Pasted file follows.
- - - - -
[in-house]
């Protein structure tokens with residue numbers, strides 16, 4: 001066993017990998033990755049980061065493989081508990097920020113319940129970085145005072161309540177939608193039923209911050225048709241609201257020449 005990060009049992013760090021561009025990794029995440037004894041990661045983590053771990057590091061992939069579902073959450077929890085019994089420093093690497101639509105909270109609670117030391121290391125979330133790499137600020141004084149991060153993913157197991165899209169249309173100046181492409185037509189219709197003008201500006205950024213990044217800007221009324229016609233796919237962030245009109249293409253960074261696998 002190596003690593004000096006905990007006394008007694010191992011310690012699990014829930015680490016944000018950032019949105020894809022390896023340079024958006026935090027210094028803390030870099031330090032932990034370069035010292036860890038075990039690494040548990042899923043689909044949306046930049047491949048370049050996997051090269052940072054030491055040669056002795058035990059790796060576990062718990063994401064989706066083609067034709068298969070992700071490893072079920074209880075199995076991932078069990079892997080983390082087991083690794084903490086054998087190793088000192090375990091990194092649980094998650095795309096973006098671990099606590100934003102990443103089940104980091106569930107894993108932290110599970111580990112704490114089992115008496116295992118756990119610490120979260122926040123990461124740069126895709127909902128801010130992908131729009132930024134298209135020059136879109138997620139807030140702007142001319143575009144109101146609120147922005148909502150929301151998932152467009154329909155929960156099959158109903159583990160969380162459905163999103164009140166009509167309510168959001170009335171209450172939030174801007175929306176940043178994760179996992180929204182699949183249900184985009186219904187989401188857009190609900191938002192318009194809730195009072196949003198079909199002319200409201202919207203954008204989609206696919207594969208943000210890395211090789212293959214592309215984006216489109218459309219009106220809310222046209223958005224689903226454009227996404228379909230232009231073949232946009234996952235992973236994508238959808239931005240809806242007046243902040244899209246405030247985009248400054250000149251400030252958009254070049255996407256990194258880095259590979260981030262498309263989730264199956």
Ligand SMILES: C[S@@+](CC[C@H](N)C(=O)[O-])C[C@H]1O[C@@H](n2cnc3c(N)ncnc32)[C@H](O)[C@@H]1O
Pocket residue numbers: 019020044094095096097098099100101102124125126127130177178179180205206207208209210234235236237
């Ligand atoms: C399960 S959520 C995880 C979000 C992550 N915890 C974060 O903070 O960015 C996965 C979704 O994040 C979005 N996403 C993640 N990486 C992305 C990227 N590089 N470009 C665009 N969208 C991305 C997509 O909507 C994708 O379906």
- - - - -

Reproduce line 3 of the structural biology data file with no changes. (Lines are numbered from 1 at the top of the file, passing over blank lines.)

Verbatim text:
Ligand SMILES: C[S@@+](CC[C@H](N)C(=O)[O-])C[C@H]1O[C@@H](n2cnc3c(N)ncnc32)[C@H](O)[C@@H]1O